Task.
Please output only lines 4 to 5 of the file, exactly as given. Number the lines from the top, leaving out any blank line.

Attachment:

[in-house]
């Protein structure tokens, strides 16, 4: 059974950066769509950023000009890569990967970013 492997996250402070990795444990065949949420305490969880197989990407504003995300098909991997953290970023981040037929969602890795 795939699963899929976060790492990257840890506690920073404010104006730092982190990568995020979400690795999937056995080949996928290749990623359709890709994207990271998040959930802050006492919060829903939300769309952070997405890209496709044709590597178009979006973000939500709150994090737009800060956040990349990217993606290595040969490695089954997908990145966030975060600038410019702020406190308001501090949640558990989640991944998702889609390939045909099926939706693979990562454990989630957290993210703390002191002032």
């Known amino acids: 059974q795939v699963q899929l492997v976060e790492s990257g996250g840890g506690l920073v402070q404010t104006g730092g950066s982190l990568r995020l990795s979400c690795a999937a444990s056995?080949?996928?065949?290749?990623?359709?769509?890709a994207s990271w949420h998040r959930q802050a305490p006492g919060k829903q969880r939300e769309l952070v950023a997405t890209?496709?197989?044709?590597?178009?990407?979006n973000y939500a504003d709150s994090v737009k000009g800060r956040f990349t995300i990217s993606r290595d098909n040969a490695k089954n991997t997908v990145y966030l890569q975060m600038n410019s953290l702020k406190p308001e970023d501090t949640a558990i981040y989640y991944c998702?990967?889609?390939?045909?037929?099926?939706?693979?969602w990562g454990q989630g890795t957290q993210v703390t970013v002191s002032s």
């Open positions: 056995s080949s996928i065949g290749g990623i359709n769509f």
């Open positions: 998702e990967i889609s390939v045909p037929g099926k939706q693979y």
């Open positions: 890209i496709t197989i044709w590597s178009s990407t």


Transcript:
């Open positions: 056995s080949s996928i065949g290749g990623i359709n769509f």
């Open positions: 998702e990967i889609s390939v045909p037929g099926k939706q693979y």